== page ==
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The Honorable John Cornyn
United States Senator
Opening Statement of Sen. John Cornyn
Ensuring the Continuity of the United States Government:
Senator John Cornyn (R-TX), Chairman, Subcommittee on the Constitution
Tuesday, January 27, 2004, 9:30 a.m., Dirksen Senate Office Building Room 226
Two days before the two year anniversary of 9/11, this committee examined potential vulnerabilities in our constitutional system of government.
It was painful to recall the events of September 11, but a stark reminder of just how close terrorists came that day to successfully decapitating the United States government. Were it not for the late departure of United Airlines Flight 93 and the ensuing heroism of its passengers, the Capitol building might have been destroyed--potentially killing numerous senators and representatives, and perhaps even disabling Congress itself.
The American people must be able to rely on a functioning Congress in the wake of a catastrophic terrorist attack. Although not in session year-round, Congress may need to convene immediately in a time of crisis. In the days and weeks following September 11, Congress enacted numerous emergency laws and appropriations measures to stabilize our economy and bolster national security.
Yet we lack the constitutional tools needed to ensure continuity of Congressional operations.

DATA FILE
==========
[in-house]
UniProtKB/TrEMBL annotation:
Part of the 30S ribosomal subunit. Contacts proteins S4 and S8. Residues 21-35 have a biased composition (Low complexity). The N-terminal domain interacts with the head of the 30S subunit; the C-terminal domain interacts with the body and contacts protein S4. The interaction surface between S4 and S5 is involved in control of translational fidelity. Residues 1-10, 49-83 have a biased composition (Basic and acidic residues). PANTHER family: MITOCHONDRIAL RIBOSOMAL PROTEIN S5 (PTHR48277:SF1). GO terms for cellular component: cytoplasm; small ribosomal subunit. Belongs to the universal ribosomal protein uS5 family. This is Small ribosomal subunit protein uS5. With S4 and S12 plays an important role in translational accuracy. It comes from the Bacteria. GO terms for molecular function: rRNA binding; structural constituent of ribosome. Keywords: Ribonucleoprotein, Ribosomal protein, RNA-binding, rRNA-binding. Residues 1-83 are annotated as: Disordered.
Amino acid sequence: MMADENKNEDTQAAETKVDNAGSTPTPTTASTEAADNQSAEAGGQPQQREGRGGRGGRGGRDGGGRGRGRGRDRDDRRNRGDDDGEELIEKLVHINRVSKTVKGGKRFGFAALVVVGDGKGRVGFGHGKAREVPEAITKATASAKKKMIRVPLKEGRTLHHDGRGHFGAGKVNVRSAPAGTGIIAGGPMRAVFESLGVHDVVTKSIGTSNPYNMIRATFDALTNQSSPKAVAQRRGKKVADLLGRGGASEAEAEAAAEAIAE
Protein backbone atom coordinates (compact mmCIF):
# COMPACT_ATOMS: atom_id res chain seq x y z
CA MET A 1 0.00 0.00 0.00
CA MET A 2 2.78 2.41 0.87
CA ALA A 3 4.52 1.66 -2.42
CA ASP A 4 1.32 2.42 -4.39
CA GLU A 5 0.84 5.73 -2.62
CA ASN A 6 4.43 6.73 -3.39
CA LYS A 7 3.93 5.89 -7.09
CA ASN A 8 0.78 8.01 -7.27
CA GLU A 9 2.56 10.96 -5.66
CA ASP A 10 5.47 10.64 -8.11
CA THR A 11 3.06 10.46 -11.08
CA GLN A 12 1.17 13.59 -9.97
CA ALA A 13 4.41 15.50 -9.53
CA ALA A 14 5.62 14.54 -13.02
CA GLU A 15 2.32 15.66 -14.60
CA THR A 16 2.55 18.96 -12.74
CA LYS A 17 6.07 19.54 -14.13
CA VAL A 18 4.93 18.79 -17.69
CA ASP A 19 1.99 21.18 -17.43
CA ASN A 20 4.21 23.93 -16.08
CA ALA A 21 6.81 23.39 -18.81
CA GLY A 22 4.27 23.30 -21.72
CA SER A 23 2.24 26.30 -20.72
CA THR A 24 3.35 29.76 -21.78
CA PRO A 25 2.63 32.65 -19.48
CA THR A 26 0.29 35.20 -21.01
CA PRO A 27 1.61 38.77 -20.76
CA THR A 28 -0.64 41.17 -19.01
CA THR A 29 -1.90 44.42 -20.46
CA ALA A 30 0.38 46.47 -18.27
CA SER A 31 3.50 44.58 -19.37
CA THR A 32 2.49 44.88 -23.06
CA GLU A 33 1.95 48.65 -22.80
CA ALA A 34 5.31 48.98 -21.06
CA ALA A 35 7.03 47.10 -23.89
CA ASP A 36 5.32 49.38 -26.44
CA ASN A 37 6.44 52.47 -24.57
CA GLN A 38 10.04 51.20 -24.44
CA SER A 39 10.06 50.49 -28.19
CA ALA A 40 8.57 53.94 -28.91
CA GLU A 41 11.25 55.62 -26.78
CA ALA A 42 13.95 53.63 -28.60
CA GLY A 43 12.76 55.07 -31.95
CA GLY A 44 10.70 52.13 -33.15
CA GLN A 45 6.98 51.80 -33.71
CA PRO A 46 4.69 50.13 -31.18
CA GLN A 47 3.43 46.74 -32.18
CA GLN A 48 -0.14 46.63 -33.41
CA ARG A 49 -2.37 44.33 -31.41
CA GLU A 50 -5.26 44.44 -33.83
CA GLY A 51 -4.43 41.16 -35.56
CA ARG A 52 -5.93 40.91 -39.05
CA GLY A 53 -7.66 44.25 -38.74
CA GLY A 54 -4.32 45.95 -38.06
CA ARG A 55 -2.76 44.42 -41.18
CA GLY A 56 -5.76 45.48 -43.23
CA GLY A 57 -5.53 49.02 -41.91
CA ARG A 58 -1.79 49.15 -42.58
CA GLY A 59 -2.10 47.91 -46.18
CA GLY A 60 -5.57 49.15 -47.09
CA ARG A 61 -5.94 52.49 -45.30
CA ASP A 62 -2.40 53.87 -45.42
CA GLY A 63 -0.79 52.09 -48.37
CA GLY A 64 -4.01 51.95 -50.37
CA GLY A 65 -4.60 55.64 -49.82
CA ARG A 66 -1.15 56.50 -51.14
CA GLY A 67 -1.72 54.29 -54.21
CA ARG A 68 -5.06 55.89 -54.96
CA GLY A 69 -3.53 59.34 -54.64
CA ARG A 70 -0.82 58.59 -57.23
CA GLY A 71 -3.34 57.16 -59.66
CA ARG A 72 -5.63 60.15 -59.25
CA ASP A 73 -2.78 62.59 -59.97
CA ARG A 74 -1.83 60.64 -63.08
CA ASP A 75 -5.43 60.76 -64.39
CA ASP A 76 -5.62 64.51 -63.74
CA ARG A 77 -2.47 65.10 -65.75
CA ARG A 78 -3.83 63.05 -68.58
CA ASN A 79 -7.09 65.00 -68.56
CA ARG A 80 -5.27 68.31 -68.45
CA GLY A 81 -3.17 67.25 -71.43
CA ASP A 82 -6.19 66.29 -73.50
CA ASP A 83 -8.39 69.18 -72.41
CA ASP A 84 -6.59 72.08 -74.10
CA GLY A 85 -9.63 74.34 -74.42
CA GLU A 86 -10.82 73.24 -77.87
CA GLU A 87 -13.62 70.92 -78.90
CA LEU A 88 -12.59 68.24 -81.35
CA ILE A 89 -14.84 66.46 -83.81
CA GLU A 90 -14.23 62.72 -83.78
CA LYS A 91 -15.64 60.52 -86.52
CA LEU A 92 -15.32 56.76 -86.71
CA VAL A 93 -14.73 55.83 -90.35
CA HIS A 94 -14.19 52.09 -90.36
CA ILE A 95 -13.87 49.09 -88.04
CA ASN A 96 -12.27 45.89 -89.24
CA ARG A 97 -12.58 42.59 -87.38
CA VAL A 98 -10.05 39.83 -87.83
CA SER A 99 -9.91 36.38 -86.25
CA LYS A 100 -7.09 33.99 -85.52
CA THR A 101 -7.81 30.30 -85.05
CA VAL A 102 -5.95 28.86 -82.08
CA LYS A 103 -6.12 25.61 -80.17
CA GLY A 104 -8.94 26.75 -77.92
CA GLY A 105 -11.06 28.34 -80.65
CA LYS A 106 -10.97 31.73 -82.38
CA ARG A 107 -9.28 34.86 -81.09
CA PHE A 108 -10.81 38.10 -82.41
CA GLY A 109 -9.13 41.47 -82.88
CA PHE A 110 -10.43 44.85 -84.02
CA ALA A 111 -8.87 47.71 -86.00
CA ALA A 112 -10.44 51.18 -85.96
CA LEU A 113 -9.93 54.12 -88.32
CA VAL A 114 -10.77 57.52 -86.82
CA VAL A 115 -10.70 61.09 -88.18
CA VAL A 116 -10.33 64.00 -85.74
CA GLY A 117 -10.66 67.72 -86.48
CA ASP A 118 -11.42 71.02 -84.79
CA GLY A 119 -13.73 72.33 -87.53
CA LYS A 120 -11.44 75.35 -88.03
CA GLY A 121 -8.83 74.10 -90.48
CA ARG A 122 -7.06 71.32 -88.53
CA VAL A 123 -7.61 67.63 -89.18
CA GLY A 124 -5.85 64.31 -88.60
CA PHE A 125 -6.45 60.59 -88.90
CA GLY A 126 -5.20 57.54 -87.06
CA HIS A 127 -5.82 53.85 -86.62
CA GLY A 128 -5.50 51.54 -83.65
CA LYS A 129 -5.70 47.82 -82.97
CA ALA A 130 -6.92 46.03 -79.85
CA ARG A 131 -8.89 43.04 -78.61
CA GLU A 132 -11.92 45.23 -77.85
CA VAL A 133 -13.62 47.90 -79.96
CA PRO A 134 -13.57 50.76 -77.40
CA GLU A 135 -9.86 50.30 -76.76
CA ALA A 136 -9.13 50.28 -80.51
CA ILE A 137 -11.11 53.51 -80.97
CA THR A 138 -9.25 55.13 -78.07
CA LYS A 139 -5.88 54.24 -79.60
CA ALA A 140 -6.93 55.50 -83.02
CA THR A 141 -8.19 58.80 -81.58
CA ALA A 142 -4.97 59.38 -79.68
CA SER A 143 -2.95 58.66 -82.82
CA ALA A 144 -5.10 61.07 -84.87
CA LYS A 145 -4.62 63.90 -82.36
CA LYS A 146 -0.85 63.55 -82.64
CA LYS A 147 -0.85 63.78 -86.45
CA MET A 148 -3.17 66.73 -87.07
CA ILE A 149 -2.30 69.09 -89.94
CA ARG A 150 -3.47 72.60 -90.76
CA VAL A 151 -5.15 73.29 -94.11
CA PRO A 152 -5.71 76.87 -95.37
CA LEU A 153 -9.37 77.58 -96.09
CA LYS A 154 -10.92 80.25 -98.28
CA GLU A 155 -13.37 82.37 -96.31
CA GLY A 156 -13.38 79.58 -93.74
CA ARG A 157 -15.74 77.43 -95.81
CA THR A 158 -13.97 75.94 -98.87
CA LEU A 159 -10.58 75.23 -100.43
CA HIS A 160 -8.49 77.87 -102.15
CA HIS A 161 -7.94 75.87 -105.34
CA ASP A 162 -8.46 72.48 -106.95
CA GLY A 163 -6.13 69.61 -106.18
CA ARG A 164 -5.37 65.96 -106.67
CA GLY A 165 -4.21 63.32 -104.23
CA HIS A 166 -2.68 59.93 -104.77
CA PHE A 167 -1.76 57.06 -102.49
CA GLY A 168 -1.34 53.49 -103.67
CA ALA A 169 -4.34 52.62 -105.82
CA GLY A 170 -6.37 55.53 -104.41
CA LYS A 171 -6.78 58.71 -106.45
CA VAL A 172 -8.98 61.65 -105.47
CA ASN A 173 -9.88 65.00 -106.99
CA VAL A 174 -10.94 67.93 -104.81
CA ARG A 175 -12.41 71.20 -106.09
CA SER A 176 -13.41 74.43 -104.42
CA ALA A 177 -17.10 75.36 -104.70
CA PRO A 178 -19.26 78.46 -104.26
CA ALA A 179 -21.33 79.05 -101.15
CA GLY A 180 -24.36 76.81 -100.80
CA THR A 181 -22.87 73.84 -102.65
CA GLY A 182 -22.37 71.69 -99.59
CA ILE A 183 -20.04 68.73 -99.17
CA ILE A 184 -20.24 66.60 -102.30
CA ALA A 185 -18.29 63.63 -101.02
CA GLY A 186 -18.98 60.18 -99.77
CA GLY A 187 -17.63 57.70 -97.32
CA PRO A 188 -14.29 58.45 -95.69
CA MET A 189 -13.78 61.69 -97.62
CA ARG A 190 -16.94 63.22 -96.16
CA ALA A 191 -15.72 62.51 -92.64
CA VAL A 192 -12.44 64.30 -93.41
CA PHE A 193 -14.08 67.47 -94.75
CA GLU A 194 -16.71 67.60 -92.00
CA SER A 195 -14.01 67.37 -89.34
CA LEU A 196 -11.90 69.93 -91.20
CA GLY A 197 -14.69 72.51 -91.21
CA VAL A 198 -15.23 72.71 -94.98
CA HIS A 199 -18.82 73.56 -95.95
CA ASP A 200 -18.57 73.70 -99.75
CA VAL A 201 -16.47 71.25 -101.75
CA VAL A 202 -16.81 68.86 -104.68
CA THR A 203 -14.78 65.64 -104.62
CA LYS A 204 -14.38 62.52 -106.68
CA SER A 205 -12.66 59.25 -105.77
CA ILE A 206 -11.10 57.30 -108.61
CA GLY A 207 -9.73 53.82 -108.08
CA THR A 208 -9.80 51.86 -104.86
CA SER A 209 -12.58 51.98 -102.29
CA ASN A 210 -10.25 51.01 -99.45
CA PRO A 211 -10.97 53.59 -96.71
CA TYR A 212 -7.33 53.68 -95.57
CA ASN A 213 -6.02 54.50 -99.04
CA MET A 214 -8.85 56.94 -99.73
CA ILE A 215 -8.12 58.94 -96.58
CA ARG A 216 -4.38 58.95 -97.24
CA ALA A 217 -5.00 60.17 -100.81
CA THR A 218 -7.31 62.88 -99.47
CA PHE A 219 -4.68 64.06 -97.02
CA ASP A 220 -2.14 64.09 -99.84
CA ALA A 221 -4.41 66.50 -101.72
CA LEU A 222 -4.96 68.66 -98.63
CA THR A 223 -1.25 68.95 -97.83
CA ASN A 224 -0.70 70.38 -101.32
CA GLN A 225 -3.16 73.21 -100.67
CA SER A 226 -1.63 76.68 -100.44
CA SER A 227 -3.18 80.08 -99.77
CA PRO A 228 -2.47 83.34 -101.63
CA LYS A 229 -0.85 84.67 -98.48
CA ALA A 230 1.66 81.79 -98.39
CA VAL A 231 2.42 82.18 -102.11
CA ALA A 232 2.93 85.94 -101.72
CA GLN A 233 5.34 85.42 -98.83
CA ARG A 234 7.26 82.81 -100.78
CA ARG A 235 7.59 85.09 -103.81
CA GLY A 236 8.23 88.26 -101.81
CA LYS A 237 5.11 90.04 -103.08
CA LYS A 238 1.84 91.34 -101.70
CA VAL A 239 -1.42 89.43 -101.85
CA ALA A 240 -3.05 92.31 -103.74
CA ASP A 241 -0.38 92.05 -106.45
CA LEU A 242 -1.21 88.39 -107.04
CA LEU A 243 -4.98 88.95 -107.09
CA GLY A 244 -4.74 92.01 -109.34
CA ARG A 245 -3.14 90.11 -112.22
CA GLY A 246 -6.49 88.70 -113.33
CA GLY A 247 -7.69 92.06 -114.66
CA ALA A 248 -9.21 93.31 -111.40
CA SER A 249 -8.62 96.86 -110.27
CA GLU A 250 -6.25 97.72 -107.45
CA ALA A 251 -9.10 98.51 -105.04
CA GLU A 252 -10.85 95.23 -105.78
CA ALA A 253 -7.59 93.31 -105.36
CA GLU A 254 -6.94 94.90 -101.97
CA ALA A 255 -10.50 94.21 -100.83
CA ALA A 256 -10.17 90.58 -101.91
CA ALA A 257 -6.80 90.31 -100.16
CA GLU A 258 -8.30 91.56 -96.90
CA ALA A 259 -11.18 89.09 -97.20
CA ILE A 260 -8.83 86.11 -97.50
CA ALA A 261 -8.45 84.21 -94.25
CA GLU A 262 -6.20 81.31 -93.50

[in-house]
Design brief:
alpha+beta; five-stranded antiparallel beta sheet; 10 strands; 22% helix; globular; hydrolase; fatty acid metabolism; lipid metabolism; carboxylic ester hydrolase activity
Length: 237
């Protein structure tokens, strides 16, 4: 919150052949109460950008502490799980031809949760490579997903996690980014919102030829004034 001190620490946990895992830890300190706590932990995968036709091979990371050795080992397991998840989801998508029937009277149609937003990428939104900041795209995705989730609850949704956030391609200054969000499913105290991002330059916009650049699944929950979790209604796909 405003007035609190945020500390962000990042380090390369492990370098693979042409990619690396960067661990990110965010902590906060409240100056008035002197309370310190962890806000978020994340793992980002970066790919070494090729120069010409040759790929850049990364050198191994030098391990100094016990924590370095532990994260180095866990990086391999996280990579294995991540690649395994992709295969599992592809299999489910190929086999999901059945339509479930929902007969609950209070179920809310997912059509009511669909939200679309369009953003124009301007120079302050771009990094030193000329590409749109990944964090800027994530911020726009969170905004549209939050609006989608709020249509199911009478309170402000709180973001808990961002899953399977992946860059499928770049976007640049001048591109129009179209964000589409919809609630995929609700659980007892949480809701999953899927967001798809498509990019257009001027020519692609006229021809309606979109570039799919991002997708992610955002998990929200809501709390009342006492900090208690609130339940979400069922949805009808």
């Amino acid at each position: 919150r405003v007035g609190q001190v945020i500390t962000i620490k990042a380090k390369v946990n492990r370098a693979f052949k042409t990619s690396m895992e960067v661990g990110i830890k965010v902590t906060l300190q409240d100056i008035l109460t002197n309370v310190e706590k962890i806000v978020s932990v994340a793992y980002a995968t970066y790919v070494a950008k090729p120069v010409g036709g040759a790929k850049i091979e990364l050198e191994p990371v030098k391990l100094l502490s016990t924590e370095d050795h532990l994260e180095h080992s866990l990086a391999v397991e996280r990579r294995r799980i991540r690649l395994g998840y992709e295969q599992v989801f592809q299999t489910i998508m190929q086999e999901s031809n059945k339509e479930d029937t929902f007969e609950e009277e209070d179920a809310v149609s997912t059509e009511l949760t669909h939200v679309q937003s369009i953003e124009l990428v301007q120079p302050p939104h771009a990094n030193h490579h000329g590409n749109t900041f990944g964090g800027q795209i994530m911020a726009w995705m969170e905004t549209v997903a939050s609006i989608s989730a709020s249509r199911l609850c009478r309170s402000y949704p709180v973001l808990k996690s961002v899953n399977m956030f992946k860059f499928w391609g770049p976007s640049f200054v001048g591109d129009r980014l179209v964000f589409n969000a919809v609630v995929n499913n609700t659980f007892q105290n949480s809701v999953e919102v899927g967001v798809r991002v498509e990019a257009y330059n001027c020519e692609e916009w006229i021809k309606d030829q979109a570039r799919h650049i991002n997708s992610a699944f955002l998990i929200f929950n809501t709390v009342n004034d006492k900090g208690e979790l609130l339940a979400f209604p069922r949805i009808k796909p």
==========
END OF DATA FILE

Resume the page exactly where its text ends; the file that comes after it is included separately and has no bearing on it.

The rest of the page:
Under our Constitution, a majority of each House of Congress is necessary in order to "constitute a Quorum to do Business." After all, our Founders understood the need for a nationally representative Congress, and rightly so.
That important commitment carries with it certain vulnerabilities, however.
If a terrorist attack killed a majority of House members, Congress would be disabled until special elections were conducted around the country - a process that takes months, according to every election official who has contacted my office - time we may not have. Moreover, if a majority of representatives is incapacitated, the House would be shut down until the inauguration of a new Congress - a delay of as long as two years.
The situation could be even more dire in the Senate. The Seventeenth Amendment permits state legislatures to empower governors to make immediate appointments to fill vacancies in the Senate, and every state except Oregon and Wisconsin has chosen to do so. Yet the Constitution provides no
Our Constitution does not prepare us for such dire circumstances, because our Founders could not have contemplated the horrors of 9/11. After all, they lived in a world free of weapons of mass destruction. They established a Presidency to command an army and navy, but no air force. They structured our system of government specifically to disfavor standing armies.
Yet the Founders, in their great wisdom, well understood that they could not predict everything that this new nation might someday need, or what the future might someday hold. They wisely ratified the constitution specifically because it included a built-in procedure for amendment, in Article V of the Constitution.